Rosamond McKitterick on Roman authority in early medieval Europe

  • Date recorded: 7 Feb 2017

  • Duration: 50:56

'The Franks are clearly presented as successors to the Romans, but with their own special place in a past that stretched back to the creation of the world.'

– Rosamond McKitterick

About this video

In the 2017 Foxcroft Lecture, Cambridge scholar Rosamond McKitterick looks at how and why the authority of Rome was established in early medieval Europe.

After dominating Western Europe for more than 1000 years, the mighty Roman Empire began a long process of transformation in the 4th century AD, as Germanic groups were integrated into Roman territories.

During the political and social changes of the 4th century AD, the cultural and intellectual authority of the classical past never waned. Books, and the texts they contained, played a major role in creating this cultural continuity between ancient Rome and its medieval inheritors. 

Rosamond describes how Carolingian scribes contributed to the survival and transmission of medieval Roman texts, and presented ancient knowledge in innovative ways to accomodate new needs and new institutions.

This process involved not only the adoption and promotion of written culture for administrative, legal, religious, and educational purposes and the universal use of Latin, but also the transmission into new contexts of secular, scientific and early Christian texts from the classical and late antique Greek and Roman traditions.

The annual Foxcroft Lecture was held at the Library on 7 February 2017.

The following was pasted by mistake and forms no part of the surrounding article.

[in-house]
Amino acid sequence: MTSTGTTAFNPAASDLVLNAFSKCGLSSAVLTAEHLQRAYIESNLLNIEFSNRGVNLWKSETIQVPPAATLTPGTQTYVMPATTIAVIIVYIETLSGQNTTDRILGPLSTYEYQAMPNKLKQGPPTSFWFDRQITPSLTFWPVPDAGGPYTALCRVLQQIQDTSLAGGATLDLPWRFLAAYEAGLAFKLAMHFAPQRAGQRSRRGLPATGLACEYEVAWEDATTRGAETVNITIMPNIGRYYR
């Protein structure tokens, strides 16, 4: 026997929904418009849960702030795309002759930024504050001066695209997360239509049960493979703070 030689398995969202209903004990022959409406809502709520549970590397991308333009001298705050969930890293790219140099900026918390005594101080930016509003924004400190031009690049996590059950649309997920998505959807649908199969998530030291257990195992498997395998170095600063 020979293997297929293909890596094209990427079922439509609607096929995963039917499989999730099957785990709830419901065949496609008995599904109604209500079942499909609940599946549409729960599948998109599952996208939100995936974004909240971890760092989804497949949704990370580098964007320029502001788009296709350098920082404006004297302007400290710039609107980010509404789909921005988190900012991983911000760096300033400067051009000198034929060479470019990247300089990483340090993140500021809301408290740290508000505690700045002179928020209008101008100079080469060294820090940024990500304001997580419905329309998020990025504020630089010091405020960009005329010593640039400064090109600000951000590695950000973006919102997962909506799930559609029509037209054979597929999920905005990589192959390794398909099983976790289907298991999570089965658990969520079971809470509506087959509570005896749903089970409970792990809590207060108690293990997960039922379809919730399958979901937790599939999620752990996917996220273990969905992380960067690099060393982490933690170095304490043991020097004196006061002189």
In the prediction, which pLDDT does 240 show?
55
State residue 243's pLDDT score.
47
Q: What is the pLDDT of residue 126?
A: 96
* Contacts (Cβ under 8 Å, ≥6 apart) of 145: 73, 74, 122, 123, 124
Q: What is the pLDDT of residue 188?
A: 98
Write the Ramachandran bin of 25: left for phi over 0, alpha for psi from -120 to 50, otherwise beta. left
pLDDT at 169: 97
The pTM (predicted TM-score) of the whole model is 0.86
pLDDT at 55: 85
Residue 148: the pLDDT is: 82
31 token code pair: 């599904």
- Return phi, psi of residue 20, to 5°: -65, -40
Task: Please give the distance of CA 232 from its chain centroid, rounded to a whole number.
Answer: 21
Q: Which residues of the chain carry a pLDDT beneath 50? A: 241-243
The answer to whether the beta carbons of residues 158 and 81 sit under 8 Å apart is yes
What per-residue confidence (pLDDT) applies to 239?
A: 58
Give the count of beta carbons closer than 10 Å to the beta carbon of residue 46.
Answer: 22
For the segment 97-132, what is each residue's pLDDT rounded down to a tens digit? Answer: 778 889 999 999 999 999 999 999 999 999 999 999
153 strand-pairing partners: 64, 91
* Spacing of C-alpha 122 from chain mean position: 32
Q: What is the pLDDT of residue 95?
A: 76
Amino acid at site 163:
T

Speakers

Rosamond McKitterick is Professor Emerita of Medieval History at the University of Cambridge, formerly Director of Research in the Faculty of History, a Fellow of Sidney Sussex College and, since 2011, Chair of the Faculty of Archaeology, History and Letters of the British School at Rome.

She received her first degree from the University of Western Australia in 1970. She also holds the degrees of MA, PhD and Litt.D from the University of Cambridge, and studied palaeography as a graduate student at the University of Munich from 1974 to 1975.

She is Fellow of the Royal Historical Society and Royal Society for the Arts, Manufacturing and Commerce in Britain, a Korrespondierendes Mitglied of the Monumenta Germaniae Historica and of the Austrian Academy of Sciences, and a Corresponding Fellow of the Medieval Academy of America.

In 2002, Rosamond held a visiting fellowship at the British School at Rome and in 2005–6, she was a Fellow-in-Residence at the Netherlands Institute of Advanced Study. Rosamond was awarded the Dr AH Heineken International Prize for History in 2010 by the Royal Dutch Academy, and in 2015 she was the LECTIO Professor at KU Leuven.

Rosamond has written and edited 26 books to date. She has also written 160 articles and chapters in other books.